Although the instant Motion is styled as a Motion to Dismiss, it is in effect a motion to compel RISO to arbitrate its declaratory judgment action. Accordingly, the motion is appropriately construed as a motion to compel arbitration.

The Federal Arbitration Act ("FAA") reflects a "federal policy favoring arbitration agreements." Gilmer v. Interstate/Johnson Lane Corp. , 500 U.S. 20, 25 (1991) (quoting Moses H. Cone Mem. Hosp. v. Mercury Constr. Corp. , 460 U.S. 1, 24 (1983)). Under the FAA, 9 U.S.C. § 1 et seq., a written agreement that controversies between the parties shall be settled by arbitration is "valid, irrevocable, and enforceable, save upon such grounds as exist at law or in equity for the revocation of any contract." 9 U.S.C. § 2.

A party aggrieved by the refusal of another to arbitrate under a written arbitration agreement may petition the court for an order directing that arbitration proceed as provided for in the agreement. 9 U.S.C. § 4; see e.g. Stirlen v. Supercuts, Inc. , 51 Cal.App.4th 1519, 1526-27 (1997). In considering a motion to compel arbitration, the court must determine whether there is a duty to arbitrate the controversy, and "this determination necessarily requires the court to examine and, to a limited extent, construe the underlying agreement." Stirlen , 51 Cal.App.4th at 1527. The determination of the validity of an arbitration clause is solely a judicial function. Id . (internal citation omitted). If the court is satisfied that the making of the arbitration agreement or the failure to comply with the agreement is not at issue, the court shall order the parties to proceed to arbitration in accordance 9 Page ID #:285 with the terms of the agreement. 9 U.S.C. § 3.

III. Discussion

A. Whether This Court Or The Arbitrator Should Decide Waiver

A key issue in this case, and in this motion, is whether Witt waived its right to arbitrate its fraudulent inducement claim by filing the Oregon action. Witt first argues that the waiver question must be addressed by the arbitrator, and not by this court.

In Howsam v. Dean Witter Reynolds, Inc. , 537 U.S. 79 (2002), the Supreme Court explained that "questions of arbitrability, " such as what parties are bound by an arbitration agreement or the application of an agreement to particular controversy, should generally be decided by a court. Howsam , 537 U.S. at 84. Procedural questions, on the other hand, are presumptively for an arbitrator to decide. Id . Such procedural questions include allegations of waiver. Id.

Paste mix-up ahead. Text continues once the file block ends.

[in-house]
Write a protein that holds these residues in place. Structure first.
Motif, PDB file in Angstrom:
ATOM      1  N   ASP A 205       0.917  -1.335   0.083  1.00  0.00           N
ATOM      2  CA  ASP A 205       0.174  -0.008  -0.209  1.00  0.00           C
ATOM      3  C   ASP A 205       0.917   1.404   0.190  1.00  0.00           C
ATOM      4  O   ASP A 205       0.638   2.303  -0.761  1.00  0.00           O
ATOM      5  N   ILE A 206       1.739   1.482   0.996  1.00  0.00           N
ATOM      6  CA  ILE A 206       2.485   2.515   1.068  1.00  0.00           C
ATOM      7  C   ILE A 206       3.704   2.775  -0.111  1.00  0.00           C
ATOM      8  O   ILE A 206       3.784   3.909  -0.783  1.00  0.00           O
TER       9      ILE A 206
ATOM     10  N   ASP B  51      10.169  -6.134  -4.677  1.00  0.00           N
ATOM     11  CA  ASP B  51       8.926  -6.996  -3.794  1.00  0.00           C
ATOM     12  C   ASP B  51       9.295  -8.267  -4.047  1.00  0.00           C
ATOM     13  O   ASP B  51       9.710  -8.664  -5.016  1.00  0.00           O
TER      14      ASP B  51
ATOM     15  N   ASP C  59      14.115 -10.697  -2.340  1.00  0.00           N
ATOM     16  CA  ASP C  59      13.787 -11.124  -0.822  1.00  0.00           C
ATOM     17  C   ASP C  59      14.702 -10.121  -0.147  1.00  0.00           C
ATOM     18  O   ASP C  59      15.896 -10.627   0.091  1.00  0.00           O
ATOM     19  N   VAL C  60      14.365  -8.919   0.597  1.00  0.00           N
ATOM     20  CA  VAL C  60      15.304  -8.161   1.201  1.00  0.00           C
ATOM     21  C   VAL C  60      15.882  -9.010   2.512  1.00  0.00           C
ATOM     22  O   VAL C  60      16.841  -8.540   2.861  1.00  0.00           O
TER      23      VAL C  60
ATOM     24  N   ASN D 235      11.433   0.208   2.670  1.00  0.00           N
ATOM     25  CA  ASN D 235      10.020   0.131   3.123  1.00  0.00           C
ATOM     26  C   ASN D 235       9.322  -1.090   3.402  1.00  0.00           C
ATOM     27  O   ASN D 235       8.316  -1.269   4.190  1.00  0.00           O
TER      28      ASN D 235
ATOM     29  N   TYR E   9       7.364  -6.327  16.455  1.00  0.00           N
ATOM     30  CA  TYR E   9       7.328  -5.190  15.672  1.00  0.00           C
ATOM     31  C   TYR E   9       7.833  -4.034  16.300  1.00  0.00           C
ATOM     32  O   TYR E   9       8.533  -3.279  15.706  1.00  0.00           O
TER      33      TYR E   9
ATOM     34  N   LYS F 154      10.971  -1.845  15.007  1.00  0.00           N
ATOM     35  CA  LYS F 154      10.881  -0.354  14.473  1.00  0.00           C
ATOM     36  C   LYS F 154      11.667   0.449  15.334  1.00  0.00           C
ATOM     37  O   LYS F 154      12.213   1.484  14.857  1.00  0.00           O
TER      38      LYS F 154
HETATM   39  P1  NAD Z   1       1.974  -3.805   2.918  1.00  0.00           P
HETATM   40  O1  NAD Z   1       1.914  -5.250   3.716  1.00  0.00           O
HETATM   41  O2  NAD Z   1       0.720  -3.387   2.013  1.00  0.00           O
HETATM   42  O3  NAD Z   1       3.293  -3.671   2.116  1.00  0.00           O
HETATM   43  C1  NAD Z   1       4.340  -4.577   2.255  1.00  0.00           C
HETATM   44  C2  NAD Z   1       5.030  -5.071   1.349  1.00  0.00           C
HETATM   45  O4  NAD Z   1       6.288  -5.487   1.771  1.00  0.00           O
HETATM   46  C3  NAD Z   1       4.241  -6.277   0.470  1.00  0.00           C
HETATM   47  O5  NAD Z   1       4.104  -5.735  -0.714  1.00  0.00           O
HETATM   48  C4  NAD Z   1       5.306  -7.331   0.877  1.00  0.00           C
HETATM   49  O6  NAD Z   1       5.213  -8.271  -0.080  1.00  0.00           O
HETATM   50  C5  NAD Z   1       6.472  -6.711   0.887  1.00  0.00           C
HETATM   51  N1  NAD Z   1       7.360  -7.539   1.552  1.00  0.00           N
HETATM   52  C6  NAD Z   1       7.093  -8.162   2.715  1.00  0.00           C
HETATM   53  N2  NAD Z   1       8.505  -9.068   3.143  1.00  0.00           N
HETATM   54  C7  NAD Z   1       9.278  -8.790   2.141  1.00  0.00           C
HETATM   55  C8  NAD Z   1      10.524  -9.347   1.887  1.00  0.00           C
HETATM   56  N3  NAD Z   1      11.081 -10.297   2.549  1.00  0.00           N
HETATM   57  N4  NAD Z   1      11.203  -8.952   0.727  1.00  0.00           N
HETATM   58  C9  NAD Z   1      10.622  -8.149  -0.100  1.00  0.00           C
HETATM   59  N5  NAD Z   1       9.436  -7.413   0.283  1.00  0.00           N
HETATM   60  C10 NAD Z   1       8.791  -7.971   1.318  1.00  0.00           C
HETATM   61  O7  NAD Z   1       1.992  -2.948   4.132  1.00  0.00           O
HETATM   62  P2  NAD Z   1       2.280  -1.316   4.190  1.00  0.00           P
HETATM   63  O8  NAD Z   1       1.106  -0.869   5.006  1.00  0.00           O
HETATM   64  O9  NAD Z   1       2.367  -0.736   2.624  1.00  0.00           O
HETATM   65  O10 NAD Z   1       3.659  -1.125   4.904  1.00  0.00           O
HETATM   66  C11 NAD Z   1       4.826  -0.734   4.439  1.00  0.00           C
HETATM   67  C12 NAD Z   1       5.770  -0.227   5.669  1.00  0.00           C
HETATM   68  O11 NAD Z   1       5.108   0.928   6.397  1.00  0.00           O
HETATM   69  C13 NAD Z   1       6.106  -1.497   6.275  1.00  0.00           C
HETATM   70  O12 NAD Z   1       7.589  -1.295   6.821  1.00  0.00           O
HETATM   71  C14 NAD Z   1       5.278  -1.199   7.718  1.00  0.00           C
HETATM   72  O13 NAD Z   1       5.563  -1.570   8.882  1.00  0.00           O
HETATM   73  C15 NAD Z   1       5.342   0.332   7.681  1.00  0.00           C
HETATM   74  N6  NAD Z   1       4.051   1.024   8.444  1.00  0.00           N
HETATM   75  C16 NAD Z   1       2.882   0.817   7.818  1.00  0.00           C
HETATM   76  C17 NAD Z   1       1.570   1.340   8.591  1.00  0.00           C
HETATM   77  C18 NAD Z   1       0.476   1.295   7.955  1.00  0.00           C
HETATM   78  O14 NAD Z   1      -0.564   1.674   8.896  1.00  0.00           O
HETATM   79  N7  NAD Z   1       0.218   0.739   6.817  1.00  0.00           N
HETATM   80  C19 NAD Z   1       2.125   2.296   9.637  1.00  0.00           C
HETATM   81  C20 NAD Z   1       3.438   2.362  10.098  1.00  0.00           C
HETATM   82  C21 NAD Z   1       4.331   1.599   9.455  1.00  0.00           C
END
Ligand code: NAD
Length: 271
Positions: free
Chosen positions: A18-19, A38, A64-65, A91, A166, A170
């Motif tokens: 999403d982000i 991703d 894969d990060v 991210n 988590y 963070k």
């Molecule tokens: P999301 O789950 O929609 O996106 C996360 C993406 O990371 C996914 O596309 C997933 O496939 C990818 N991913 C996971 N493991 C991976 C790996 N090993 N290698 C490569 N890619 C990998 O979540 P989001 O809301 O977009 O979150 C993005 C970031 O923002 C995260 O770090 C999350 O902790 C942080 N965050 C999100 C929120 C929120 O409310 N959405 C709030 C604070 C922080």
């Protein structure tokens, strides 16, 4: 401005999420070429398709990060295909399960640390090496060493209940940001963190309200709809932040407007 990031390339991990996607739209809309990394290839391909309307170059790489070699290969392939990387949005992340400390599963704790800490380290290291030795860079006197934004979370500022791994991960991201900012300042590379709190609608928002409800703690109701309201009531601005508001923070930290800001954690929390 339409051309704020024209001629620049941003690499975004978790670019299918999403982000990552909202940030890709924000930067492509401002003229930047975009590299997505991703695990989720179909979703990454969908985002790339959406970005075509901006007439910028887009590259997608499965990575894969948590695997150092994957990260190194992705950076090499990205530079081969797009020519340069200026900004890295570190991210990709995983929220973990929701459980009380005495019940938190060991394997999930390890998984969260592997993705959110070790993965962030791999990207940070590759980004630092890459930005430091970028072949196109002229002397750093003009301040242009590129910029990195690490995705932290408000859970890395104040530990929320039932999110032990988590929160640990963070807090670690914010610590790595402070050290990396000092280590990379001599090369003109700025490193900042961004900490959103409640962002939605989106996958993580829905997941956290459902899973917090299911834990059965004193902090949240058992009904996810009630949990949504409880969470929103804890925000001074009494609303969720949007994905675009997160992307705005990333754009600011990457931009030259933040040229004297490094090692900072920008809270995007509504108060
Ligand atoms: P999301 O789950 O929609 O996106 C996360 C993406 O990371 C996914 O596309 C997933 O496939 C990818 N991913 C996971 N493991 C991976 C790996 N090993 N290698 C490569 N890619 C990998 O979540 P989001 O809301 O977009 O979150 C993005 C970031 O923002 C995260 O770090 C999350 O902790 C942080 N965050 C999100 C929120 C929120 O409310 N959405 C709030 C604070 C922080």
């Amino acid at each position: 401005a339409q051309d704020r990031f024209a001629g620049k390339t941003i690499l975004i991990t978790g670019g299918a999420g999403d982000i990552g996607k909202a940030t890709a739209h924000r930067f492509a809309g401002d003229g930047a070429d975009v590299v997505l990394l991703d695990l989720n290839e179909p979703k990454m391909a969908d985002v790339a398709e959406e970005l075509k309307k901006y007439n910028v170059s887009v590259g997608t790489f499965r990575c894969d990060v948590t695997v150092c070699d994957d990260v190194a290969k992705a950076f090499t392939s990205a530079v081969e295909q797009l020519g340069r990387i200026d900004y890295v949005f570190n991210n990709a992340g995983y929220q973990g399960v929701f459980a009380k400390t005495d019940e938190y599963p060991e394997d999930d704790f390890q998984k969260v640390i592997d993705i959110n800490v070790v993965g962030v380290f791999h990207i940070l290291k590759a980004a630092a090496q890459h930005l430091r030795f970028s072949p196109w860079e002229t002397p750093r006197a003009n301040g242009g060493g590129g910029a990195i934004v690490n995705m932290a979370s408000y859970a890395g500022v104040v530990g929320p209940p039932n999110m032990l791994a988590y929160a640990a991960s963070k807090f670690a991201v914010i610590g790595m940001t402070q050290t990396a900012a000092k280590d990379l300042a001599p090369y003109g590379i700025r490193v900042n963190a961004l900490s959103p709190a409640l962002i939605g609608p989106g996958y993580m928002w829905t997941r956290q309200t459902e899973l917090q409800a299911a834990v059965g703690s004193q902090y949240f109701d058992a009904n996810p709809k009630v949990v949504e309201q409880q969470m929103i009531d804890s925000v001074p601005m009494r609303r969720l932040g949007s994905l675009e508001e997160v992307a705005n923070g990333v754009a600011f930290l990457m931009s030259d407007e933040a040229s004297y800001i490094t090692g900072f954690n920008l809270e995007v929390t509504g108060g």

Several circuits, however, have interpreted "Howsam's use of the term waiver' as referring not to conduct-based waiver, but to a defense arising from non-compliance with contractual conditions precedent to arbitration." Grigsby & Assoc., Inc. v. M. Securities Investment , 664 F.3d 1350, 1353 (11th Cir. 2011) (internal quotation and citations omitted); see also JPD, Inc. v. Chronimed Holdings, Inc. , 539 F.3d 388, 393-94 (6th Cir.2008); Ehleiter v. Grapetree Shores, Inc. , 482 F.3d 207, 217-19 (3d Cir.2007); Marie v. Allied Home Mortg. Corp. , 402 F.3d 1, 12-14 (1st Cir.2005); In re Toyota Motor Corp. Prods. Liability Litigation; 838 F.Supp.2d 967 (C.D. Cal. 2012). Thus, these courts have concluded that waiver remains a court issue insofar as it is premised upon the 9 Page ID #:286 conduct of the party seeking to arbitrate. See In re Toyota, 838 F.Supp.3d at 975 (discussing cases); but see Nat'l Am. Ins. Co. V. Transamerica Occidental Life Ins. Co., 328 F.3d 462, 466 (8th Cir. 2003) (holding conduct-based waiver to be an issue for an arbitrator). The Ninth Circuit has implicitly agreed with this approach to Howsam, noting that "to treat breach and waiver as procedural issues for the arbitrator... would create a strange result: the arbitrator would get first crack at defenses to a motion to compel arbitration based on waiver or breach. In essence, the court would have to compel arbitration without reviewing the parties' contentions." Cox v. Ocean View Hotel Corp. , 533 F.3d 1114, 1121 n.5 (9th Cir. 2008). It is, therefore, for this court to decide whether Witt's litigation conduct in Oregon constitutes a waiver of its right to arbitrate the fraudulent inducement claim.[3]